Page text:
The first season of Boardwalk Empire treated us to an exciting period drama that featured lots of disturbing imagery from prohibition-era violence to Steve Buschemi’s ass. Boardwalk Empire was also stunningly shot show with gorgeous photography and high production values. What is not immediately apparent is just how much of what we were seeing was computer generated. This goes for pretty much everything we see now a days. Everything.
Below is an intriguing compilation of some of the before and after shots from the show, compiled by the design studio that created them and set to that killer opening theme song. Can’t wait for season 2. Enjoy.
Here’s the basic gist: Star Wars: A New Hope has been split into 15 second segments and posted on the internet. Fans were to “claim” scenes and re-create them any way you like, as long as it was creative. Once all scenes had been re-done, the highest rated ones as voted on by fans would be put back together and walla! Star Wars.
I really liked the concept- make a collaborative fan film with hundreds of other people. The website was cleverly put together and intuitively organized. In the end, it was just about having fun.
My friend Bryan and I decided we wanted to take part, so we claimed scene 315. Luke, Han, and Chewie have just sprung Leia from her holding cell and they’ve jumped down the garbage shoot to escape. We got my other friend Khendra to play Leia and shot it in my bathtub. I thought rubber duckies would make a good visual so I bought a bunch of them to fill out the tub. (Wish I bought more.)
The project is now over and our scene was selected to be in the final cut of the film. Which is totally exciting. (You can watch the entire movie, clip by clip, here) I’m fully aware that it’s because Khendra looks great in a bikini and had nothing to do with the rubber duckies. I can’t wait to attend the NY screening. It should be quite ridiculous. Every 15 seconds a different group of people will be cheering for their scene. They’re working out a few legal loose ends, but I hear George digs the concept.
Here’s my favorite part though. Casey Pugh, the brains behind this whole operation, just won a Creative Arts Emmy for the entire concept! Kudos to him for a great idea and his tireless work and for allowing me to contribute to an Emmy winning project. Naturally, I’ve been going around claiming to be an Emmy winner myself. Why not? Good times.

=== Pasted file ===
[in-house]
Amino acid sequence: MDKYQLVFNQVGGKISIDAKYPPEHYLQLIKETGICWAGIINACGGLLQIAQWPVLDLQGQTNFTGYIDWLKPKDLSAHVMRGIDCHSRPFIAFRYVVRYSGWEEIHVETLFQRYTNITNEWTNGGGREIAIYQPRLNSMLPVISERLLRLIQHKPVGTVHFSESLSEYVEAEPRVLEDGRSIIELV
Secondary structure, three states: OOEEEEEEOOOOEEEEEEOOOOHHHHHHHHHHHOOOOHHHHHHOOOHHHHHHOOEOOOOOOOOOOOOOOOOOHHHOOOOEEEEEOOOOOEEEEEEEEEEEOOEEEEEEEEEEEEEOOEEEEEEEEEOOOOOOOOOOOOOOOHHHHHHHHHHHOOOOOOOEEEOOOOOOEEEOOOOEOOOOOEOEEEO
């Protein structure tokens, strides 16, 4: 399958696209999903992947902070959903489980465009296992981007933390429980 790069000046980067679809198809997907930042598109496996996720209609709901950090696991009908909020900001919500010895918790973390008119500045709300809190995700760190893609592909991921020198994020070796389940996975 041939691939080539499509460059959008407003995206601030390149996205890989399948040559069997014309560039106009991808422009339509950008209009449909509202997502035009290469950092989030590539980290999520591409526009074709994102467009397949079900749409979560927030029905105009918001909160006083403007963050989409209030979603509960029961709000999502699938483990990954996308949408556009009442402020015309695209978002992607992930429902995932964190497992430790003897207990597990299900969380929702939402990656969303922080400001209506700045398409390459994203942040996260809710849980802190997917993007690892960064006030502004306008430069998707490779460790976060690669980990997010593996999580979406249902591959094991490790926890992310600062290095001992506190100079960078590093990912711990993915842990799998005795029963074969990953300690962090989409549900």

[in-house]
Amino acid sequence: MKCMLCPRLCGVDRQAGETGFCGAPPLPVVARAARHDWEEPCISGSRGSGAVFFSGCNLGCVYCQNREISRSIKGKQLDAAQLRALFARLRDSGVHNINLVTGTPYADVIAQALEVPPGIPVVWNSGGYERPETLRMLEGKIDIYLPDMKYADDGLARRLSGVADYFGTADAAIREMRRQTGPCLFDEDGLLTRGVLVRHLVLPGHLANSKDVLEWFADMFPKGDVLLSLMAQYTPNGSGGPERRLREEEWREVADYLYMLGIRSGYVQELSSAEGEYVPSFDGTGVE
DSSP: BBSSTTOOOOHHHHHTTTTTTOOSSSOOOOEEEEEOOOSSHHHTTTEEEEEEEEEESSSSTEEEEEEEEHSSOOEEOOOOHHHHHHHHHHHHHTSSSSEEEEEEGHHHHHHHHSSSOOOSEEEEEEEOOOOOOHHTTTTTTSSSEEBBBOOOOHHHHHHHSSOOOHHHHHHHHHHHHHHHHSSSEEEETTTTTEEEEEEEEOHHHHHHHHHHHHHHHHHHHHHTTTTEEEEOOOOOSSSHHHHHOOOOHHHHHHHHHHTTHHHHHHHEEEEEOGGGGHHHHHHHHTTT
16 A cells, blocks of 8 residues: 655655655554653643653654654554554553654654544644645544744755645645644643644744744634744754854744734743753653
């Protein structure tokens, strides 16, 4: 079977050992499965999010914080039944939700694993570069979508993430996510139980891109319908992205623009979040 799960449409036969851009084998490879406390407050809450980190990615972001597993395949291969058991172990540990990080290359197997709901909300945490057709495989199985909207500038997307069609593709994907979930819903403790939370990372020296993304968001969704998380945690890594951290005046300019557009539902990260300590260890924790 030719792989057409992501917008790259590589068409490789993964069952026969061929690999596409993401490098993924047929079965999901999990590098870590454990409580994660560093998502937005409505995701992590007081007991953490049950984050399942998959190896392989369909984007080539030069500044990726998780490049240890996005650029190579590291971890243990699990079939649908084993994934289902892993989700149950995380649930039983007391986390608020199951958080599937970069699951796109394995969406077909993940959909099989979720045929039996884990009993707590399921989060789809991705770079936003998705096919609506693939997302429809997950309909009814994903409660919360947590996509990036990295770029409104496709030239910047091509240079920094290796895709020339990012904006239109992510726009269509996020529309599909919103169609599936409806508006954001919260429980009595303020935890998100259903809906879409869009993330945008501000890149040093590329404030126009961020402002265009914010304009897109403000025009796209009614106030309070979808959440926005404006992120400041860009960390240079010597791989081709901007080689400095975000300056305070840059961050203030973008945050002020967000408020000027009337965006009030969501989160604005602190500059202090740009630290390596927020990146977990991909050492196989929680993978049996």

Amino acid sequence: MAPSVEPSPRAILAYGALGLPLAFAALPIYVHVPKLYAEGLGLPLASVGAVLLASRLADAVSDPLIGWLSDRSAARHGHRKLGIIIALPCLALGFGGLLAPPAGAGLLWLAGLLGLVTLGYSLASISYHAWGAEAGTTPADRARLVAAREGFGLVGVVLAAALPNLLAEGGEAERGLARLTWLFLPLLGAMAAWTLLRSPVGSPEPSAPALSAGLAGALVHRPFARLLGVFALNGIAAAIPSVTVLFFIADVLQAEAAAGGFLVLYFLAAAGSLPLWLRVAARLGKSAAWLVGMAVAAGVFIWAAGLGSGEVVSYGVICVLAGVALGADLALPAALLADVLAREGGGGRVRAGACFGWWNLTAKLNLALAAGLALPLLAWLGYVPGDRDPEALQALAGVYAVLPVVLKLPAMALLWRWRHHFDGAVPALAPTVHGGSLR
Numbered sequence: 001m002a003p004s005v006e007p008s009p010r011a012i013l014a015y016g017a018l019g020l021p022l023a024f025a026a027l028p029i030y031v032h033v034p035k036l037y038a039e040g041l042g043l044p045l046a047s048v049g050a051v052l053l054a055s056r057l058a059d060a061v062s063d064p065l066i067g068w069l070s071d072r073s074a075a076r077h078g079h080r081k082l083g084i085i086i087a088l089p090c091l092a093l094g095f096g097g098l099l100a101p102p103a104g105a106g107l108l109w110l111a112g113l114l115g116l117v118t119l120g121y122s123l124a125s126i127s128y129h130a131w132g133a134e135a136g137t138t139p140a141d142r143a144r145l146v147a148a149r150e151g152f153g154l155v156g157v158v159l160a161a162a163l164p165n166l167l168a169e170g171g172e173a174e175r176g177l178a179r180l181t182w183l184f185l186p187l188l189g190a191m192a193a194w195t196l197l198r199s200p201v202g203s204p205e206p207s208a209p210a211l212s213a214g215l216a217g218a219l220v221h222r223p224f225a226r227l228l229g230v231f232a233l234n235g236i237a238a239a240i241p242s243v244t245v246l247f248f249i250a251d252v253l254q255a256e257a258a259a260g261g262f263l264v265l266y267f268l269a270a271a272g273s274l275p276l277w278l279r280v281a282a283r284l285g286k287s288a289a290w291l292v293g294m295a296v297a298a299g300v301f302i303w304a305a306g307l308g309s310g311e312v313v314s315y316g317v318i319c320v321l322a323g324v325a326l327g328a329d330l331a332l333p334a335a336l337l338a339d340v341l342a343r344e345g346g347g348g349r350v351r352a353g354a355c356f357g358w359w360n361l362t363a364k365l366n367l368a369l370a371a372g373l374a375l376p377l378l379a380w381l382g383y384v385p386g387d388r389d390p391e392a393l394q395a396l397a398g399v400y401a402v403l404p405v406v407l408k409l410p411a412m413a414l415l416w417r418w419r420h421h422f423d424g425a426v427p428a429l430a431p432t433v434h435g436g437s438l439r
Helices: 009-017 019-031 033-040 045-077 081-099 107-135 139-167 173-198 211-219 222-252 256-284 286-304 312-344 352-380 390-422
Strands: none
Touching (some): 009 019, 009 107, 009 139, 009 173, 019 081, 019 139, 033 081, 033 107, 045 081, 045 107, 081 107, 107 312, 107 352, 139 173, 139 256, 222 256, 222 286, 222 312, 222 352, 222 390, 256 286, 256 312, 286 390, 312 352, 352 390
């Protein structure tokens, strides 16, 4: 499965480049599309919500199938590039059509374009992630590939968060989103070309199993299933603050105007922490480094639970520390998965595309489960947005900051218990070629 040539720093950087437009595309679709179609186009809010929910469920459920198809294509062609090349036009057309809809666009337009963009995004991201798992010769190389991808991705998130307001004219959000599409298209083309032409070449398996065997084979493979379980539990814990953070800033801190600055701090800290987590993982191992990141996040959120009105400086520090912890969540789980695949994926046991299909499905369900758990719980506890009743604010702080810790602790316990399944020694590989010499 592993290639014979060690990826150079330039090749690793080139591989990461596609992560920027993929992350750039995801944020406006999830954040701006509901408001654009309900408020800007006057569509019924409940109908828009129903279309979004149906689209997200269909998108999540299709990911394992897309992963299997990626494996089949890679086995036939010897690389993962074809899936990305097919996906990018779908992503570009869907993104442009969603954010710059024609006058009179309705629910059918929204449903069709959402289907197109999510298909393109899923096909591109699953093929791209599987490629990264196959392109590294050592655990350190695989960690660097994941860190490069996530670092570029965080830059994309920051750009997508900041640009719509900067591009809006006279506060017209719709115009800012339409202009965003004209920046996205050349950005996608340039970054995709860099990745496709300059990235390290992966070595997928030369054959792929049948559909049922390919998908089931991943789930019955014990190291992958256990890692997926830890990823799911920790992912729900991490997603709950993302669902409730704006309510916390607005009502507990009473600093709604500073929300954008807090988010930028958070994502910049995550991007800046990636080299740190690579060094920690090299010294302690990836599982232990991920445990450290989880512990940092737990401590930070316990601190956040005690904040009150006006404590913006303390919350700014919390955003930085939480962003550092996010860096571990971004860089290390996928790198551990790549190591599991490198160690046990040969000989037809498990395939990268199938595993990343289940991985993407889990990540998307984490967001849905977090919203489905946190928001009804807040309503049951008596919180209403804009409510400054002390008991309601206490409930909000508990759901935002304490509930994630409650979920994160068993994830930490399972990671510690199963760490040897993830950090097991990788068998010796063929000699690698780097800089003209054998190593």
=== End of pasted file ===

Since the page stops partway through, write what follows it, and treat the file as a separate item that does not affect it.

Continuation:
Why does someone always try to stop someone else from performing CPR? You’ve seen this scenario a hundred times at the movies or on a TV show. At some climactic point, a main character drowns or gets electrocuted and is rendered unconscious. Another main character, usually the love interest, is left trying to breathe life into the fallen star. Trying vigorously to rescue him or her from certain doom. At which point, a third character, usually part of some love triangle says, “Give up. He’s dead. He’s dead! It’s over! Give up! Stop!” There is usually a long dramatic pause as the two of them are left with the realization that this person might in fact be dead. But every time, the love interest or doctor or whomever refuses to accept this and feverishly goes back to work, against the urging of the other person. “Live! Live damn it! You’ve got to live!!” And every time, our fallen star coughs to life.
Why are we always trying to stop someone from performing CPR? Just let them perform the damn CPR. It’s gonna work!
This is so incredibly written and clearly comes from the mind of a LOST fan. This hilarious recap by College Humor of the “unanswered questions” on LOST is so amazingly put together. I wish I knew the intent behind it. Is this a serious complaint? A comment on LOST fandom? A love-letter to the show? A little of all three?
To me, this sums up my biggest complaint against many LOST fans. It seems like people get so caught up in trying to get answers to all the mysteries set up in the story, that you forget why you’re watching the show in the first place. You become consumed by the need to get the answers. This show’s charm was in it’s characters and it’s story. The mystery element is just a bonus. Enjoy the ride, stop trying to figure it all out. Do we really need the answers to all of the questions. Seems kind of selfish. Lindelof and Cuse have said repeatedly that this was a love story about characters, so I’m going to take their word.
It’s been a few days now and I’m still obsessed with the LOST finale. It’s like we lost a dear friend and it stinks.
LOST. How your candle burned so bright. Sure there were times when we thought a gentle breeze might blow you out, but you made it to the end. Though we didn’t get all of our answers, the series finale was a terrific ending to a game-changing show.
Remember in 2004 when you changed the way TV was made? Reevaluated what was possible on the networks. Made us believe that reality television may be just a fad. (Still have fingers crossed on that one.) There was you on the left and 24 on the right. Serial shows were here again, with story, character, and production value to spare. I’m not sure anyone has gotten it right since.
My cable was out last night so I got up at 5:45 am to watch the finale on Hulu. I was not going to miss one last jaunt at the water cooler. I could have gone to a bar and watched with the masses, but I’m glad I didn’t. I cried my eyes out. It could have gotten ugly. “Bartender, another Jameson. This shit is pulling at my heart strings!” People will complain that we didn’t learn enough. That the episode was a cop out. I say that’s wrong. In my eyes, this show has always been about the characters and our characters left on a good note it seems. Maybe it was a funeral, maybe it was an awakening. Who’s knows, but it was fun while we had it.
Anywho, I’ll miss you guys. I loved you to the very end. The past six years have been an exhilarating, frustrating, and ultimately fulfilling journey to a weird fucking island.